Some 40 states plan to create free trade zone with Eurasian Economic Union — lawmaker

 

Russian parliament’s lower house speaker said those considering the Eurasian Economic Union a threat only confirm that a new and serious geopolitical player is indeed emerging in the world

ASTANA, November 24. /TASS/. Around 40 states have plans to establish a free trade zone with the Eurasian Economic Union (EEU), the speaker of Russia’s lower house of parliament, the State Duma, Sergey Naryshkin, told an international conference in Kazakhstan’s capital Astana on Monday.

“Five countries of the Commonwealth of Independent States (CIS) have already made a Eurasian choice, and another 40 countries across the world have officially voiced their wish to set up a free trade zone with our integration association,” Naryshkin said. Continue reading

Struggle for the Ukraine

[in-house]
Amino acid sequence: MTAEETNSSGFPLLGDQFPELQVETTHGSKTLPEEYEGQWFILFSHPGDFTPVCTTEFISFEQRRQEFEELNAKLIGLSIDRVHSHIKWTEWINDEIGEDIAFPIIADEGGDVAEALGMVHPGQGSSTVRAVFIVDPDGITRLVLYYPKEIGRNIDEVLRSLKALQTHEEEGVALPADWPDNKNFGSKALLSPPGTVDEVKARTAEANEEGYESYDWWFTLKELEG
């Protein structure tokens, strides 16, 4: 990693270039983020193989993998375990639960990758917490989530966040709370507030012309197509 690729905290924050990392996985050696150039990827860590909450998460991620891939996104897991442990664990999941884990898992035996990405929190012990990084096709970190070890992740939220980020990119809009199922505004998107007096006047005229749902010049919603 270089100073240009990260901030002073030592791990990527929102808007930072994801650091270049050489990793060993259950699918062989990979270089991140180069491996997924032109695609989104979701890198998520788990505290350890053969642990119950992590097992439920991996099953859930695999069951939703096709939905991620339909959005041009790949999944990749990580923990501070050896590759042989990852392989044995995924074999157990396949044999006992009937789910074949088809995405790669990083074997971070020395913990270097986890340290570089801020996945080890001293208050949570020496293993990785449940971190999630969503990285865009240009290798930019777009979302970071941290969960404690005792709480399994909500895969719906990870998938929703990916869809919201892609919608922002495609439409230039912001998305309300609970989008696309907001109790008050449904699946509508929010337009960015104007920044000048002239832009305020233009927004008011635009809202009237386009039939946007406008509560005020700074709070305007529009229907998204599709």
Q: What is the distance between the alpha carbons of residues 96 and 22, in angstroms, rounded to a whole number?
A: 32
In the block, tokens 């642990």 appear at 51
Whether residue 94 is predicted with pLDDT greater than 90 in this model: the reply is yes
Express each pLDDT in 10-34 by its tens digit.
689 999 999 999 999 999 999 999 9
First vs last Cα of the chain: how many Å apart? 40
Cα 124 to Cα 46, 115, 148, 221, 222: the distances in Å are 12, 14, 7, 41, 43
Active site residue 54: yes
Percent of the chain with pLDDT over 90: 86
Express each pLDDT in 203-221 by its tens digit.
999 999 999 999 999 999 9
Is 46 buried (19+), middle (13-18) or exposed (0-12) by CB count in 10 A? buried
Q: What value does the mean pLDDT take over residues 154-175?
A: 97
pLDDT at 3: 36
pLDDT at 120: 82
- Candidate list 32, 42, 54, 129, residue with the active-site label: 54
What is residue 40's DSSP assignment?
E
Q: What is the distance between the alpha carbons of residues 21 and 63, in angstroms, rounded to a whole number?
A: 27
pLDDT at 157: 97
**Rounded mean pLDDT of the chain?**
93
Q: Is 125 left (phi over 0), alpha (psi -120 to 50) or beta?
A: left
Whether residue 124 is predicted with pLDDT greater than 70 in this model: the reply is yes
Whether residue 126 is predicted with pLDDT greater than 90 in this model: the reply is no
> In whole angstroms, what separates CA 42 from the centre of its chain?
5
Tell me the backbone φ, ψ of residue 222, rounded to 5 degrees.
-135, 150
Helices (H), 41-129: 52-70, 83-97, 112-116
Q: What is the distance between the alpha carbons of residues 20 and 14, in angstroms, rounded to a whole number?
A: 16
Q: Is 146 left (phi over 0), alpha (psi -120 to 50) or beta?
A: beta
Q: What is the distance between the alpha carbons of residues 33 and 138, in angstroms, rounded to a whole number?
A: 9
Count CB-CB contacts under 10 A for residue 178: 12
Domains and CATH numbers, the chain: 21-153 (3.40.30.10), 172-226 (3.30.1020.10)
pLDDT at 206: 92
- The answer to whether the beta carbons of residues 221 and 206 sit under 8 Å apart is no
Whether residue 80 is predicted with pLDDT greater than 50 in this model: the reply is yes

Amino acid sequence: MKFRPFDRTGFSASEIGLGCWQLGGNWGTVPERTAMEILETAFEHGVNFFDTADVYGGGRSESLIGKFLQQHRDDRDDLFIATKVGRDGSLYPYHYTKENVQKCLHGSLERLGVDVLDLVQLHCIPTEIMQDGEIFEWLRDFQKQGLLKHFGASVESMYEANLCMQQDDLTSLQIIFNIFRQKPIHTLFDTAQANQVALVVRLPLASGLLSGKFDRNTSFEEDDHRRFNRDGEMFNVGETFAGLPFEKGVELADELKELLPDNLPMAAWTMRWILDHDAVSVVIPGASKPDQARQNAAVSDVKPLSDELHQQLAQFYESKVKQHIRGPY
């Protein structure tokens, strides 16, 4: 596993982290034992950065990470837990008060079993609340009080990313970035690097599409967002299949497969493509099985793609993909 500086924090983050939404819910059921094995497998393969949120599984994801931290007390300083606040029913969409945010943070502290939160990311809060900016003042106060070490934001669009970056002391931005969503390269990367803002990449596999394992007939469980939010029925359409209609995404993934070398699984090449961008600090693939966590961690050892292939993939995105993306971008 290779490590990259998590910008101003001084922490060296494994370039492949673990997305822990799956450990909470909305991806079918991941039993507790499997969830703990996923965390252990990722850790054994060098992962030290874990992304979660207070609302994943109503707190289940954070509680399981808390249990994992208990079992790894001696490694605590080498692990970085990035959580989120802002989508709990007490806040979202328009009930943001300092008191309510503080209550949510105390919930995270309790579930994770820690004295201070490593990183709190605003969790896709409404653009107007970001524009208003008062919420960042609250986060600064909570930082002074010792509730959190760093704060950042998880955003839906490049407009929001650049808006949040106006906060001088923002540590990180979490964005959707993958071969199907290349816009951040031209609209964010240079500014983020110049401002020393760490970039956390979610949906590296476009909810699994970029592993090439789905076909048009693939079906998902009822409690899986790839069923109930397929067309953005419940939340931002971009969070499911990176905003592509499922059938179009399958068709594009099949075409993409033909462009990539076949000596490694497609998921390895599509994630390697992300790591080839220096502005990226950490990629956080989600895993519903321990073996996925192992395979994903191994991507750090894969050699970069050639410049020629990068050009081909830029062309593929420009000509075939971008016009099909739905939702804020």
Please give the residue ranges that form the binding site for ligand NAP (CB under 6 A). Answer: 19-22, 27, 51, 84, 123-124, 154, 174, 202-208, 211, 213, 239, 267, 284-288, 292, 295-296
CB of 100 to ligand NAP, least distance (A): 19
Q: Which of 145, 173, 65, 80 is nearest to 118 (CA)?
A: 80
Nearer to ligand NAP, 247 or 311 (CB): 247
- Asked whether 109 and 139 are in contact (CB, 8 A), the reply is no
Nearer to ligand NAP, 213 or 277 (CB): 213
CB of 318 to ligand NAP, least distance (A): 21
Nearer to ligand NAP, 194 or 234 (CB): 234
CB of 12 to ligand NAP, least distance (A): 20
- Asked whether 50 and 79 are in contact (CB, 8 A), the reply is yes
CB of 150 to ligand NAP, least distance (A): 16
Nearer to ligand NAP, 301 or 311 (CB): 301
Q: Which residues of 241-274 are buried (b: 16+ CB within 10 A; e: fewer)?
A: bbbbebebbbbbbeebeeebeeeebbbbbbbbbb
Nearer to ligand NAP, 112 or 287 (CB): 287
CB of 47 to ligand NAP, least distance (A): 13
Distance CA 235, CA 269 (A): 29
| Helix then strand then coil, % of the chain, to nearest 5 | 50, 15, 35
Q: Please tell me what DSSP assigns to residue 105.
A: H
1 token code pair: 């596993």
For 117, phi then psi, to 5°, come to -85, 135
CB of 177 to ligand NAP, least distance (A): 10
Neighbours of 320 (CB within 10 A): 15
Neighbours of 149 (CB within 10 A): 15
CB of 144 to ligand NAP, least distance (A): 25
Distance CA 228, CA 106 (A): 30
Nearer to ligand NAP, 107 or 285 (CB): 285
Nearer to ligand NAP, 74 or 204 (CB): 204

BERLIN/KIEV/MOSCOW (Own report) – The struggle between Berlin and Brussels, on the one side, and Moscow, on the other, for the predominating influence in the Ukraine is growing sharper. Since the end of 2012, the German RWE company has been systematically expanding its natural gas deliveries to this East European country. Its objective is to break Kiev’s dependence on Russian natural gas, by reversing the flow in the pipelines already in place, to deliver large quantities of the gas from the West. However, these efforts – also being supported by the German EU Energy Commissioner, Günter Oettinger – are not advancing rapidly enough. According to reports, pro-western circles in the Ukraine are complaining that Slovakia – without whose pipelines, a breakthrough would hardly be possible – is opposing the project. Brussels, therefore, should exert pressure on that country, because time is running out. The Ukrainian government signed a memorandum last week, which is considered an important step toward its integration in the Russian-dominated EurAsian Economic Community, about to be established. In Berlin, Ukrainian participation in this community is perceived as incompatible with Kiev’s integration into EU structures. This conflict, which in principle, has been going on for twenty years, is being fueled by this new accentuation. Continue reading